This fine example of a chest ornament worn by the Isneg people of northern Luzon is made from mother-of-pearl shell, glass trade beads, and string fashioned from pineapple fibre. Such an ornament was worn to indicate high social status and was worn by both men and women.
The example here comprises two three-tiered strands of mother-of-pearl shells beneath a double-lobed section of mother-of-pearl that has been incised with geometric designs and darkened with lac, all suspended from a beadwork collar with tortoiseshell or horn spacers. Between the two main strands is a central pendant section. From this and each of the main strands are fringes of tiny glass beads of various colours and dozens of small sections of mother-of-pearl cut in the shapes of knives and forks.
The mother-of-pearl shell came from nautilus shells brought in from the Pacific coast of northern Luzon. The shell was expensive and so only the wealthiest families could afford such ornaments.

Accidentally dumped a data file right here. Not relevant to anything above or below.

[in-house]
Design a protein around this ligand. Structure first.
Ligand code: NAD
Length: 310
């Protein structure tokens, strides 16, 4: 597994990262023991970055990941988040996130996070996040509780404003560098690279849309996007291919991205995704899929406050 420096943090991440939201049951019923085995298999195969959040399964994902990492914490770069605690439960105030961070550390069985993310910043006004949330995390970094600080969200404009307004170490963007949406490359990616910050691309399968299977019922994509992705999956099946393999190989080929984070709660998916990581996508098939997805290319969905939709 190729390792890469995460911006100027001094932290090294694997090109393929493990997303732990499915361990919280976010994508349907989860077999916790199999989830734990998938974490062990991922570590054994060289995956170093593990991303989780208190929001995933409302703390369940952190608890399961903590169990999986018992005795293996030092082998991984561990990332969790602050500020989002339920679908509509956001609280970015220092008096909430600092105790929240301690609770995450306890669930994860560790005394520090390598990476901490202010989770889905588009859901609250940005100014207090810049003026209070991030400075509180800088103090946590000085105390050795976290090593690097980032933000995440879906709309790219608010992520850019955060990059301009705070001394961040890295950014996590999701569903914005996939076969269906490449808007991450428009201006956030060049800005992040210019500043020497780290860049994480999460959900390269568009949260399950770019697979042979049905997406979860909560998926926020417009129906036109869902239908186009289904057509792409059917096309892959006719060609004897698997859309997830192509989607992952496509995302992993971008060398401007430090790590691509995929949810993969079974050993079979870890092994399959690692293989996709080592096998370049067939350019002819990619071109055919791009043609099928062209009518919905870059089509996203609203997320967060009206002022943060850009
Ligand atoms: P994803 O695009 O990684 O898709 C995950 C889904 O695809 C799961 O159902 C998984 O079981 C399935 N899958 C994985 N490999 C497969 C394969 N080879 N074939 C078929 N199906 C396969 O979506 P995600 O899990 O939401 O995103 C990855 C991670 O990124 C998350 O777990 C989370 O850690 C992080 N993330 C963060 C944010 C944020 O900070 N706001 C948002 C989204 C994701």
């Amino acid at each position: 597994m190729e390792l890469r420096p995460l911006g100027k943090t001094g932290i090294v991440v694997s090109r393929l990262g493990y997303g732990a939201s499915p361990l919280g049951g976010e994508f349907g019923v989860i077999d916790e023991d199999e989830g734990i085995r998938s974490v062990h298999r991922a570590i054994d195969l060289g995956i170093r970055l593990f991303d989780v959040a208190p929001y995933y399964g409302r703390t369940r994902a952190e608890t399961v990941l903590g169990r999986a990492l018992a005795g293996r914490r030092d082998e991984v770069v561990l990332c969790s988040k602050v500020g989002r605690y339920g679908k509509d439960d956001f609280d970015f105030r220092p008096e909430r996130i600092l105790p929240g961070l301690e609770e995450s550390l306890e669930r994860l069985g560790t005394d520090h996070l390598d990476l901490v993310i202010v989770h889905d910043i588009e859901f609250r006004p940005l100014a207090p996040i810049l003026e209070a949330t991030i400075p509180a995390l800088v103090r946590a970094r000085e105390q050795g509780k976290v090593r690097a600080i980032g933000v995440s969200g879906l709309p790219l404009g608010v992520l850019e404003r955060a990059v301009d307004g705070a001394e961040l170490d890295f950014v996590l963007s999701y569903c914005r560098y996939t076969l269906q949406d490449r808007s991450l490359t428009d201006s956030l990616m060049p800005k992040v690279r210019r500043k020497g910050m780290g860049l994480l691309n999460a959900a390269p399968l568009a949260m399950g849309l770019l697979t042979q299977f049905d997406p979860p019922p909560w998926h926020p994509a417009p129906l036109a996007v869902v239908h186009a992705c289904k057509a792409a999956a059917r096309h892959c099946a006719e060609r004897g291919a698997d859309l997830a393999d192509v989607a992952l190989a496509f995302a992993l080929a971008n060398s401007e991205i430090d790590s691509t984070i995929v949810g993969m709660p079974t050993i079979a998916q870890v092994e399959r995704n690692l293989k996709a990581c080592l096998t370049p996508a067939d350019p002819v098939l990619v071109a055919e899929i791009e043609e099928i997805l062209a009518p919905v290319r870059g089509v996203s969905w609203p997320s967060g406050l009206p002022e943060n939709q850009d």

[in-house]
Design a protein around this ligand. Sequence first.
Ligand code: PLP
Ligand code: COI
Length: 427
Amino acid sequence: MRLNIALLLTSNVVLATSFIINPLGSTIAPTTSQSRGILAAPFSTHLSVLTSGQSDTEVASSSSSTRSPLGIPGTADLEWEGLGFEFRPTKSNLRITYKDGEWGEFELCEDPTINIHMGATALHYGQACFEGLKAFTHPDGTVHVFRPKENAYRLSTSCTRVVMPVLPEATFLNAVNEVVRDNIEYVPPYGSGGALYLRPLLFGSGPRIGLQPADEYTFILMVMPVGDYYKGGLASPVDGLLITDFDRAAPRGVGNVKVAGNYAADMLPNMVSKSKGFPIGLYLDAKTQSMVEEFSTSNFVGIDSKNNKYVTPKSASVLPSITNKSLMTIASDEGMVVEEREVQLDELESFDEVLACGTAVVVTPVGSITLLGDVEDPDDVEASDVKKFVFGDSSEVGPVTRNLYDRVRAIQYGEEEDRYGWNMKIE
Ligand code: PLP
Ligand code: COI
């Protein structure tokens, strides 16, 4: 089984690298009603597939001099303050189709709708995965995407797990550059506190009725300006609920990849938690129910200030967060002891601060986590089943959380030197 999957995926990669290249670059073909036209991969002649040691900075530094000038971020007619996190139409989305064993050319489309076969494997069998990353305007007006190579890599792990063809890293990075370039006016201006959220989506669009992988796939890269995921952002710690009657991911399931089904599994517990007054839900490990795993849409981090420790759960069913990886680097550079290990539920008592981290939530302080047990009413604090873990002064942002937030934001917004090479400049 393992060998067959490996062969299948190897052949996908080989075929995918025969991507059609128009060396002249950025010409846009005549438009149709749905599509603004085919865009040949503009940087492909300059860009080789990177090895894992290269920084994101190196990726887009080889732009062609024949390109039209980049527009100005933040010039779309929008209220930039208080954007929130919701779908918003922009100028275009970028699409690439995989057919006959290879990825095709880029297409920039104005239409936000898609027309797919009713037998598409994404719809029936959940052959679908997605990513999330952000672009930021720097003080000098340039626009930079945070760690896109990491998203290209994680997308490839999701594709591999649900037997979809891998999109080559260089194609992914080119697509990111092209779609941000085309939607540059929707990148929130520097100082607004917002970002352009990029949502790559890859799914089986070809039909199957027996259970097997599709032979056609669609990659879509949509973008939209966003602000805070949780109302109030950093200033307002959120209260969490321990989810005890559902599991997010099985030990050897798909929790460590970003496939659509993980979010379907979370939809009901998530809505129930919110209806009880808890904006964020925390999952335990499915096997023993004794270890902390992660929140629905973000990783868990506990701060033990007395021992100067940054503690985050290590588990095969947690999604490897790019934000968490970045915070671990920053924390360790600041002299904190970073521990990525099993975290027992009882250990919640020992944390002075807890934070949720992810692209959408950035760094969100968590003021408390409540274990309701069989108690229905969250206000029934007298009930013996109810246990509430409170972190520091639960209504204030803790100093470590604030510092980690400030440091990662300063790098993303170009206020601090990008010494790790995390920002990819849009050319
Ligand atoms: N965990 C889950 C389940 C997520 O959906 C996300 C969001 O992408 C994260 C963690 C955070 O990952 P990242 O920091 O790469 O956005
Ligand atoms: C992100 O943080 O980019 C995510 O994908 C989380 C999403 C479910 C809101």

Related examples are illustrated in Borel (1994, p. 186), Henkel (2009, p. 143), de Monbrison & Alvina (2013, p. 207), and Geoffroy-Schneiter (2011, p. 240).
The example here is in excellent condition.
Above: A related example displayed in the Asian Civilisations Museum, Singapore.
Barados, D., Land of the Morning: Treasures of the Philippines, San Francisco Craft & Folk Museum, 1995.
Borel, F., The Splendour of Ethnic Jewelry: From the Colette and Jean-Pierre Ghysels Collection, Thames & Hudson, 1994.
Geoffroy-Schneiter, B., Asian Jewellery: Ethnic Rings, Bracelets, Necklaces, Earrings, Belts, Head Ornaments, Skira, 2011.
Henkel, D., et al, Land of the Morning: The Philippines and its People, Asian Civilisations Museum (Singapore), 2009.
de Monbrison, C., & C. S. Alvina (eds.), Philippines: An Archipelago of Exchange, Musee du Quai Branly, 2013.